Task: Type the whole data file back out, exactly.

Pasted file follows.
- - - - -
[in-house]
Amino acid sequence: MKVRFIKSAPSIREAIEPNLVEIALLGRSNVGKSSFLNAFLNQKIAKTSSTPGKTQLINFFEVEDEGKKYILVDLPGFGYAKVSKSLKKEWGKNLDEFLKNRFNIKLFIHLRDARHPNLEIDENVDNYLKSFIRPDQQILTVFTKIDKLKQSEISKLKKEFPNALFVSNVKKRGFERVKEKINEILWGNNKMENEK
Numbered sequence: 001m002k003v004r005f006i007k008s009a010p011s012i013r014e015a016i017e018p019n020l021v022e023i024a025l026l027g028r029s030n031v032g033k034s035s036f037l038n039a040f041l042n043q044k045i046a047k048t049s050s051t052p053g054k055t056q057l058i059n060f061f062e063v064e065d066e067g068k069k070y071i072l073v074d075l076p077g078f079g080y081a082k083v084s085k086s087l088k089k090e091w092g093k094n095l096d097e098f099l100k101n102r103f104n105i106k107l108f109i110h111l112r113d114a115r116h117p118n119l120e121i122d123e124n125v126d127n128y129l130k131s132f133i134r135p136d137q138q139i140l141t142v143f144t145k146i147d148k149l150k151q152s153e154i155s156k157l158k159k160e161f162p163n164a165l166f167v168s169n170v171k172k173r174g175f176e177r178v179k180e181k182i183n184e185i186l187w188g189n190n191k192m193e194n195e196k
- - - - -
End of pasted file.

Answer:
[in-house]
Amino acid sequence: MKVRFIKSAPSIREAIEPNLVEIALLGRSNVGKSSFLNAFLNQKIAKTSSTPGKTQLINFFEVEDEGKKYILVDLPGFGYAKVSKSLKKEWGKNLDEFLKNRFNIKLFIHLRDARHPNLEIDENVDNYLKSFIRPDQQILTVFTKIDKLKQSEISKLKKEFPNALFVSNVKKRGFERVKEKINEILWGNNKMENEK
Numbered sequence: 001m002k003v004r005f006i007k008s009a010p011s012i013r014e015a016i017e018p019n020l021v022e023i024a025l026l027g028r029s030n031v032g033k034s035s036f037l038n039a040f041l042n043q044k045i046a047k048t049s050s051t052p053g054k055t056q057l058i059n060f061f062e063v064e065d066e067g068k069k070y071i072l073v074d075l076p077g078f079g080y081a082k083v084s085k086s087l088k089k090e091w092g093k094n095l096d097e098f099l100k101n102r103f104n105i106k107l108f109i110h111l112r113d114a115r116h117p118n119l120e121i122d123e124n125v126d127n128y129l130k131s132f133i134r135p136d137q138q139i140l141t142v143f144t145k146i147d148k149l150k151q152s153e154i155s156k157l158k159k160e161f162p163n164a165l166f167v168s169n170v171k172k173r174g175f176e177r178v179k180e181k182i183n184e185i186l187w188g189n190n191k192m193e194n195e196k